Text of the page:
Judge orders Ballmer to testify in 'Vista capable' case

A federal judge in Seattle has ordered Microsoft CEO Steve Ballmer to testify in a class action lawsuit against Microsoft that alleges the company misled consumers in a marketing campaign for its Windows Vista operating system in which computers sold with an older Microsoft OS were labeled 'Vista Capable' when in fact they could only run a basic version of Vista.

Ballmer has unique personal knowledge of facts surrounding the case, therefore he must face questioning, Judge Marsha Pechman of the U.S. District Court for the Western District of Washington at Seattle ruled, according to court documents released late Friday.

Lawyers for the plaintiffs will have no more than three hours to take a deposition from Ballmer at the time and place of his convenience, the documents said. The deposition must take place within 30 days of the order.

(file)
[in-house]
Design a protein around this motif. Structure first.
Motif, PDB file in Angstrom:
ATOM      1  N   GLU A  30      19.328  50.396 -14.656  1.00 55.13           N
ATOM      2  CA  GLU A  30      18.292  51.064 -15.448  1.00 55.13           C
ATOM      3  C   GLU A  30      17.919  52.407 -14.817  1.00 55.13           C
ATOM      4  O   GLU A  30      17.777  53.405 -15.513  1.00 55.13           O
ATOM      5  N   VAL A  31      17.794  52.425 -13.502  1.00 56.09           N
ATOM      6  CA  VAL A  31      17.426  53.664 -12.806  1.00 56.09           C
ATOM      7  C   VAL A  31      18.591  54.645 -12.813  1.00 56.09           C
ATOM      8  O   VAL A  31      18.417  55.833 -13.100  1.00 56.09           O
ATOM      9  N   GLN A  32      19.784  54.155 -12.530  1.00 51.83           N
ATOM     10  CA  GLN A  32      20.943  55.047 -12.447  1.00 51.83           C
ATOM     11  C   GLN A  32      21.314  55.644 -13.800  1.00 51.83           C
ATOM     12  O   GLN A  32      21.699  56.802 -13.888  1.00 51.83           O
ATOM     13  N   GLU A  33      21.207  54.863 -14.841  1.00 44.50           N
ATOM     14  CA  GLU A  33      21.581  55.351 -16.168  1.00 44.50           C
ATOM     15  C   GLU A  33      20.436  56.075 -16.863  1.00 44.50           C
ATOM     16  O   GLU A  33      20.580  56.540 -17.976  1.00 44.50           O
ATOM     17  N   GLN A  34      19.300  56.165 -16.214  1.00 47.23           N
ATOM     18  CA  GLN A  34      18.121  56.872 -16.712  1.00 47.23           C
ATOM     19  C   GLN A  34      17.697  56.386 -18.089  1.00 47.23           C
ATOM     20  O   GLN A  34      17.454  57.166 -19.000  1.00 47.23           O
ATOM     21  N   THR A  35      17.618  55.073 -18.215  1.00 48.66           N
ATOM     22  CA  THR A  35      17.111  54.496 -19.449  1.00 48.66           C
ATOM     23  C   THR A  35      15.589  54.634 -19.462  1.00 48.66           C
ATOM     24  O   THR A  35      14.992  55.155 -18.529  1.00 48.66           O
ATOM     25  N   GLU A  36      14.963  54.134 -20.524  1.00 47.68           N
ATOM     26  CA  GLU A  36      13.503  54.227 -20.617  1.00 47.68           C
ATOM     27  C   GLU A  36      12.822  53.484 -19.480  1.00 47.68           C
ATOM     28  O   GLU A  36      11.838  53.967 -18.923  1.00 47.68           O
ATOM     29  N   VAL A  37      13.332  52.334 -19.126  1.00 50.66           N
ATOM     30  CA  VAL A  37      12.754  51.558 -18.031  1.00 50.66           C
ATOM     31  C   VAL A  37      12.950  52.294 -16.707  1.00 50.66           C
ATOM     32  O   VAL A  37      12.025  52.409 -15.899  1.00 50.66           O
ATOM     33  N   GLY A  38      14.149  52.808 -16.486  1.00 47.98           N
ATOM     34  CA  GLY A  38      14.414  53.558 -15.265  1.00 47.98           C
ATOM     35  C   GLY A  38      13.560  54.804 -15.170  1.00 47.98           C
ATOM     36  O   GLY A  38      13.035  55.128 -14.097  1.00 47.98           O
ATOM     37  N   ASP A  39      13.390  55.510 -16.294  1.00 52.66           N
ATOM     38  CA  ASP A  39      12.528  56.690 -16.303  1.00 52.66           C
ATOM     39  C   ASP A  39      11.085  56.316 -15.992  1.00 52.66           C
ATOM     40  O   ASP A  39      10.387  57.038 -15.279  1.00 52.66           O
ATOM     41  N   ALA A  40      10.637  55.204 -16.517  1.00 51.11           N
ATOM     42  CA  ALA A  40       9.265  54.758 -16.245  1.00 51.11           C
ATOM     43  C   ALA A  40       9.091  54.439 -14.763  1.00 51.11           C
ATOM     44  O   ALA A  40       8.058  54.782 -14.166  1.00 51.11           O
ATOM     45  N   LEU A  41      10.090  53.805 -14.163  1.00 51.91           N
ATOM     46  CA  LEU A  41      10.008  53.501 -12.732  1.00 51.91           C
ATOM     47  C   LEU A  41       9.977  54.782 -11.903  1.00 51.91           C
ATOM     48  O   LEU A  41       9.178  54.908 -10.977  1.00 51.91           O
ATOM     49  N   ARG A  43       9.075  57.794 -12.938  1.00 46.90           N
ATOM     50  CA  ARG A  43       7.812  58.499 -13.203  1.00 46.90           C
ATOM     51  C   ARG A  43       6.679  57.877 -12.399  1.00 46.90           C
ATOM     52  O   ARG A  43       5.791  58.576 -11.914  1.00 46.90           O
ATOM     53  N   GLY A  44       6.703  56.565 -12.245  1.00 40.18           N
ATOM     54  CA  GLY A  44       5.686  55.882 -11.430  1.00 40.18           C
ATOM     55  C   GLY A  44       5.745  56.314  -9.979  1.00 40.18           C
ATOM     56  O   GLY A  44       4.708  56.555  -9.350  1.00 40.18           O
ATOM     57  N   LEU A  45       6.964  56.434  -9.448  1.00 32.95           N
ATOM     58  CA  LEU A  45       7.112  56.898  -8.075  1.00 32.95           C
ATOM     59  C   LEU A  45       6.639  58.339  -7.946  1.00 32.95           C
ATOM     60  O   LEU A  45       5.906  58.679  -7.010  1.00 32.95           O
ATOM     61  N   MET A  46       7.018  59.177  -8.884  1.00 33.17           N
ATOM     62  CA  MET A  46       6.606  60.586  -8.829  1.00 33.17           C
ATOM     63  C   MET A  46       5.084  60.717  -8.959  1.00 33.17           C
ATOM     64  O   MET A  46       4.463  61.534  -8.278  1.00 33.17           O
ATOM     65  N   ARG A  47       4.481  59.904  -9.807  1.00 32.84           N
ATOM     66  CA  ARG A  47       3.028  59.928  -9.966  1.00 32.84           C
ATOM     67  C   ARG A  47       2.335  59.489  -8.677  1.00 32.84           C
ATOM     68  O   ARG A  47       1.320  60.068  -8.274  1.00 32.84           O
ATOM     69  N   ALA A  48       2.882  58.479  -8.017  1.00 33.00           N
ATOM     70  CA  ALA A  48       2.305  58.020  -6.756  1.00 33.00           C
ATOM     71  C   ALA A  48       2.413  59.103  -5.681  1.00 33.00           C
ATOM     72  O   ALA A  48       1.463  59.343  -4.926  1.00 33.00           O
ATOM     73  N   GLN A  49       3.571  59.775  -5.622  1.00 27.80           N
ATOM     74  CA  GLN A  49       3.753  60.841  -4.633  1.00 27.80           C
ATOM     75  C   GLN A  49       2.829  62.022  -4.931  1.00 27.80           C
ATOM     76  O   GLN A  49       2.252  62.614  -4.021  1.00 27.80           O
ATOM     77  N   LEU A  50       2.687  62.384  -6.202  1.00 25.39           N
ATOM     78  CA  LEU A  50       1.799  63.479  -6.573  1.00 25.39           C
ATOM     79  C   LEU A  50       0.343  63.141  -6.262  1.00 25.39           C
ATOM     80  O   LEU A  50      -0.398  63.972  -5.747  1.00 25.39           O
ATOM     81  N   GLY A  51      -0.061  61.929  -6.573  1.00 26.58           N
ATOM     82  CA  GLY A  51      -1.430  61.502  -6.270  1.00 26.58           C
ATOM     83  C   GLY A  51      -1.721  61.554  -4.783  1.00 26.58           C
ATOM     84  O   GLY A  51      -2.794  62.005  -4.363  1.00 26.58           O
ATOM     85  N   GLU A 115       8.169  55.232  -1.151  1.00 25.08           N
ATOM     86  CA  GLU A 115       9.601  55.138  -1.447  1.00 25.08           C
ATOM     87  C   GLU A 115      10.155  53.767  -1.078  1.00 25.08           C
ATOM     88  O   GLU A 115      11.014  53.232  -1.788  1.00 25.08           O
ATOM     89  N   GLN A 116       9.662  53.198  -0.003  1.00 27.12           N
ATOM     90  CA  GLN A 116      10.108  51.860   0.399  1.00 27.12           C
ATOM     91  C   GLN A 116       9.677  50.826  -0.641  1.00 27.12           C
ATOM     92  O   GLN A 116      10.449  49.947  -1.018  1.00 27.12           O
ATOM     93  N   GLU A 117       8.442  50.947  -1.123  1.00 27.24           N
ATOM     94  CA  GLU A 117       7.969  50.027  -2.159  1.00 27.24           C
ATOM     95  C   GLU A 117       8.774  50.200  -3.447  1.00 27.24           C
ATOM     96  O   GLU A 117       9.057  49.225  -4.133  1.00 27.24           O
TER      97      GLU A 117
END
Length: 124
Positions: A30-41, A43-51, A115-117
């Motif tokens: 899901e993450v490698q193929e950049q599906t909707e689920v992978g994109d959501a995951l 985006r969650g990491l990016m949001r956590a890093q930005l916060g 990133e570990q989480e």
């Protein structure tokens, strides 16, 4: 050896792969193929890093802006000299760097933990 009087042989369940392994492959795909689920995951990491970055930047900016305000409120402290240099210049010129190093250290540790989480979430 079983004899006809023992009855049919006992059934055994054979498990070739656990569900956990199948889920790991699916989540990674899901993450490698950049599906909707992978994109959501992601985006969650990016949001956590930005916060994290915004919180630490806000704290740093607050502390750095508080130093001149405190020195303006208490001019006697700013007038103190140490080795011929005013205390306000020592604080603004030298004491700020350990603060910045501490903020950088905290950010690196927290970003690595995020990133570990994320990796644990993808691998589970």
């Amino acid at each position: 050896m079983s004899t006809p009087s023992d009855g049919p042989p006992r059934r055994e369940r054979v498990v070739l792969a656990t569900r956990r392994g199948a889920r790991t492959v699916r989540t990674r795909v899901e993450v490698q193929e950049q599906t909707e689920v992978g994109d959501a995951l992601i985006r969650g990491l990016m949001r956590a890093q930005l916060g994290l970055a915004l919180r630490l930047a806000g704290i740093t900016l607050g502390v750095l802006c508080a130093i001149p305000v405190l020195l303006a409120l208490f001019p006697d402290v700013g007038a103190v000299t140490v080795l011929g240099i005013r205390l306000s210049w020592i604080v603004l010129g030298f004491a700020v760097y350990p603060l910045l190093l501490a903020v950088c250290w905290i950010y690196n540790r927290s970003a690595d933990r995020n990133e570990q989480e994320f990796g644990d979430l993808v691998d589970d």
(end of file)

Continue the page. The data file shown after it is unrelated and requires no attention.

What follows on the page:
The case against Microsoft was launched early last year. The plaintiffs allege that most computers labeled 'Vista Capable' in the marketing campaign, which began in early 2006, cannot run or run poorly Vista Premium, the version of Vista with the most popular features.

Microsoft had sought to exclude Ballmer from questioning, saying he was not involved in operational discussions around the 'Vista Capable' program, the court documents say. Microsoft had offered up then co-president Jim Allchin and then-senior vice president Will Poole instead of Ballmer, saying the two had superior knowledge of the program.

The plaintiffs won the argument to question Ballmer by pointing out conversations between Ballmer and Intel CEO Paul Otellini in which the two discussed possible changes in the Vista Capable requirements.

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